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Matthew 9:14

    Matthew 9:14 Translations

    King James Version (KJV)

    Then came to him the disciples of John, saying, Why do we and the Pharisees fast oft, but thy disciples fast not?

    American King James Version (AKJV)

    Then came to him the disciples of John, saying, Why do we and the Pharisees fast oft, but your disciples fast not?

    American Standard Version (ASV)

    Then come to him the disciples of John, saying, Why do we and the Pharisees fast oft, but thy disciples fast not?

    Basic English Translation (BBE)

    Then the disciples of John came to him, saying, Why do we and the Pharisees frequently go without food, but your disciples do not?

    Webster's Revision

    Then come to him the disciples of John, saying, Why do we and the Pharisees fast oft, but thy disciples fast not?

    World English Bible

    Then John's disciples came to him, saying, "Why do we and the Pharisees fast often, but your disciples don't fast?"

    English Revised Version (ERV)

    Then come to him the disciples of John, saying, Why do we and the Pharisees fast oft, but thy disciples fast not?

    Definitions for Matthew 9:14

    Fast - Abstaining from food.
    Oft - Often; frequently.

    Clarke's Commentary on Matthew 9:14

    Thy disciples fast not? - Probably meaning that they did not fast so frequently as the others did, or for the same purposes, which is very likely, for the Pharisees had many superstitious fasts. They fasted in order to have lucky dreams, to obtain the interpretation of a dream, or to avert the evil import of a dream. They also fasted often, in order to obtain the things they wished for. The tract, Taanith is full of these fasts, and of the wonders performed thus by the Jewish doctors.

    Barnes' Notes on Matthew 9:14

    Then came the disciples of John ... - This narrative is found also in Mark 2:18-22; Luke 5:33-39. The reference here is to John the Baptist. It is probable that they had understood that John was the forerunner of the Messiah; and if such was the case, they could not account for the fact that there was such a difference between them and the disciples of Jesus. The Pharisees fasted often - regularly twice a week besides the great national days of fasting, Luke 18:12. See the notes at Matthew 6:16-18. This was the established custom of the land, and John did not feel himself authorized to make so great a change as to dispense with it. They were desirous of knowing, therefore, why Jesus had done it.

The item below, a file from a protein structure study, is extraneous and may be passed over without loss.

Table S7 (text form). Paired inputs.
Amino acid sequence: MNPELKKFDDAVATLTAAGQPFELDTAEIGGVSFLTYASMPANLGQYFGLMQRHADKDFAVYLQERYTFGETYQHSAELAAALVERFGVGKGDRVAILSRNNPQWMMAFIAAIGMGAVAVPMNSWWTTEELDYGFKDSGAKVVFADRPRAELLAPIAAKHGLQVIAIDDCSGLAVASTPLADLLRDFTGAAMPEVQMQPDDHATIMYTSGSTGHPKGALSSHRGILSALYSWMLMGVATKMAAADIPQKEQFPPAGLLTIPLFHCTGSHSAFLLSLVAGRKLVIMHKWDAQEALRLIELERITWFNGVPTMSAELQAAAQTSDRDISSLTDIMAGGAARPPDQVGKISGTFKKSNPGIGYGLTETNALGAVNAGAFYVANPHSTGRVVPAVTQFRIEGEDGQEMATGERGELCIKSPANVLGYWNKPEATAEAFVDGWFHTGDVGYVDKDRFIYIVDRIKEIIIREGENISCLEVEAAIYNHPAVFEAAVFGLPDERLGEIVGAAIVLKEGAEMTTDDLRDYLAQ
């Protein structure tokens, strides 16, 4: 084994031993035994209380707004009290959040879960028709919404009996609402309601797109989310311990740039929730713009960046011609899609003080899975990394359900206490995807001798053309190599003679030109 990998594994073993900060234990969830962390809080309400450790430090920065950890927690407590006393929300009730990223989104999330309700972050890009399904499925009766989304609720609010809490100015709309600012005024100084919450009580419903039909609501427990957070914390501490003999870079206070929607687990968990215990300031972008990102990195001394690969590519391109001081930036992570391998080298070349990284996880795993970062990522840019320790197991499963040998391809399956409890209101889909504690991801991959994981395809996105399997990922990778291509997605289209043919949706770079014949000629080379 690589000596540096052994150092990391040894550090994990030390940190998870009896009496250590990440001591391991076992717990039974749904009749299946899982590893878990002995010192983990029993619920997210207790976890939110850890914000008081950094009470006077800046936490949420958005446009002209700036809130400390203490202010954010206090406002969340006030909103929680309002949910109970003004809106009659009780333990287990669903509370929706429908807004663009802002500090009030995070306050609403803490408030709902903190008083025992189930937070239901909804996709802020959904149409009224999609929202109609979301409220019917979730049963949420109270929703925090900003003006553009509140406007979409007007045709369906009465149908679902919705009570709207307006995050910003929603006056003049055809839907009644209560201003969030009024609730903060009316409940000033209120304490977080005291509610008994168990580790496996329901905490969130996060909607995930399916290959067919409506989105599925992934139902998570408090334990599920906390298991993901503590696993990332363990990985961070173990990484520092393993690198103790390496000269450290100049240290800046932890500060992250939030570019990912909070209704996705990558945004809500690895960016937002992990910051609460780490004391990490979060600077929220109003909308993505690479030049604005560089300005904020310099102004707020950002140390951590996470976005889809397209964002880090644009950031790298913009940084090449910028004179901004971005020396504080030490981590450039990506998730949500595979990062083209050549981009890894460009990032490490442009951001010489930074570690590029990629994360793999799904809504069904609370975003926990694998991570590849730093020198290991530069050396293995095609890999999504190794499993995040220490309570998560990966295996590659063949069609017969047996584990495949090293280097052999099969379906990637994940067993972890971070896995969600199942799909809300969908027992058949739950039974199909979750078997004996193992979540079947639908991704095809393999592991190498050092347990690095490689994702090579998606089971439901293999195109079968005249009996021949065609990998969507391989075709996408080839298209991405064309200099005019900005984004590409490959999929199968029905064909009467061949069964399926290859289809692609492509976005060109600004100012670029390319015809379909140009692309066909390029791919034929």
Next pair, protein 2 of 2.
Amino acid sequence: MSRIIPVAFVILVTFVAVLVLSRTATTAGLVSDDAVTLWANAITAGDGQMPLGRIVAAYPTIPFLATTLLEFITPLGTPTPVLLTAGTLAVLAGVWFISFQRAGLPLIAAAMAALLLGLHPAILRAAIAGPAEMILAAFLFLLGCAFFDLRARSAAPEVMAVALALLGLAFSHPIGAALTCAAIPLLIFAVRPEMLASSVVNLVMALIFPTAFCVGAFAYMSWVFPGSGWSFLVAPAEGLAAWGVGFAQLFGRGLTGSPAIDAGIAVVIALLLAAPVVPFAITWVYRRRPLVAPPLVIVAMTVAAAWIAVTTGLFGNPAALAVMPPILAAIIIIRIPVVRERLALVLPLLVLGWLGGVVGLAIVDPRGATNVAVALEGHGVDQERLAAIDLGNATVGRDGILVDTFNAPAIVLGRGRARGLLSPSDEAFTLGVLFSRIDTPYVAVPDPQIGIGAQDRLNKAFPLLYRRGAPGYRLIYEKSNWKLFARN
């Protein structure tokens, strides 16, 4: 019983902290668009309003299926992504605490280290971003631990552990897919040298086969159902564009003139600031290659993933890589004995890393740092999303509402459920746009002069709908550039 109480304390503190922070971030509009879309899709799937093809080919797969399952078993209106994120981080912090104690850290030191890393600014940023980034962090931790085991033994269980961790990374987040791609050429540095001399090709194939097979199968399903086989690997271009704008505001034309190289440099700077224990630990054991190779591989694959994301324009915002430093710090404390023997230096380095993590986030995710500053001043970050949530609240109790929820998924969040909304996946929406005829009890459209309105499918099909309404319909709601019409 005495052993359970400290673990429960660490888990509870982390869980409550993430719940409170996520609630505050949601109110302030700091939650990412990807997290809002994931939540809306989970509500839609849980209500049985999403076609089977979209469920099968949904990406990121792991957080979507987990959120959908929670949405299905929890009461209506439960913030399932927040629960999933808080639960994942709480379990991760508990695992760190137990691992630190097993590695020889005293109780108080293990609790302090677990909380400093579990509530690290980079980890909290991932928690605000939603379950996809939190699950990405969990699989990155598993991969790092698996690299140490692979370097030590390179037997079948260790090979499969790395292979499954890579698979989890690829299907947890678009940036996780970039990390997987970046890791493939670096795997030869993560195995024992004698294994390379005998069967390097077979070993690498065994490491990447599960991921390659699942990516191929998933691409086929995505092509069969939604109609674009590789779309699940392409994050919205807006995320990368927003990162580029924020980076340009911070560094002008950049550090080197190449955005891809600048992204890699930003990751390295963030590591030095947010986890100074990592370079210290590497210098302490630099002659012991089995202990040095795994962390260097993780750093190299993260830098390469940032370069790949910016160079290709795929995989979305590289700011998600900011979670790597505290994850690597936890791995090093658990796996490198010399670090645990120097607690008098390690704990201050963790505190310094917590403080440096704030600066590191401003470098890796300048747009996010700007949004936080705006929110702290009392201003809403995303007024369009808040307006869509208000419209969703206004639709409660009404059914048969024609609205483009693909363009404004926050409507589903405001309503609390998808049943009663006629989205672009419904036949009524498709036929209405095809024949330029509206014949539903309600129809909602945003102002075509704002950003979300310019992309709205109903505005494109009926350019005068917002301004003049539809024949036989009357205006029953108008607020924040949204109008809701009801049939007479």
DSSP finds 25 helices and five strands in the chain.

Besides, it is probable that this question was put to Jesus when John was in prison, and his disciples, involved in deep grief on account of it, observed days of fasting. Fasting was the natural expression of sorrow, and they wondered that the followers of Jesus did not join with them in lamenting the captivity of him who was the forerunner and baptizer of their Lord.

    Christ, in reply to them, used three illustrations, all of them going to establish the same thing - that "we should observe a fitness and propriety in things." The first is taken from a marriage. The children of the bride-chamber - that is, the bridemen, or "men who had the special care of the bridal chamber, and who were therefore his special friends" - do not think of fasting while he is with them. With them it is a time of festivity and rejoicing, and mourning would not be appropriate. When he is removed or taken away, then their festivity will be ended, and "then" will be the proper time for sorrow. So, says he, John, your friend and teacher, is in captivity. With you it is a time of deep grief, and it is appropriate that you should fast. I am with my disciples. It is with them a time of joy. It is not fit that they should use the tokens of grief, and fast now. When I am taken away, it will then be proper that they should fast. For an account of the ceremonies of an Eastern marriage, see the notes at Matthew 25:1-13.

    Wesley's Notes on Matthew 9:14

    9:14 Then - While he was at table. Mark 2:18; Luke 5:33.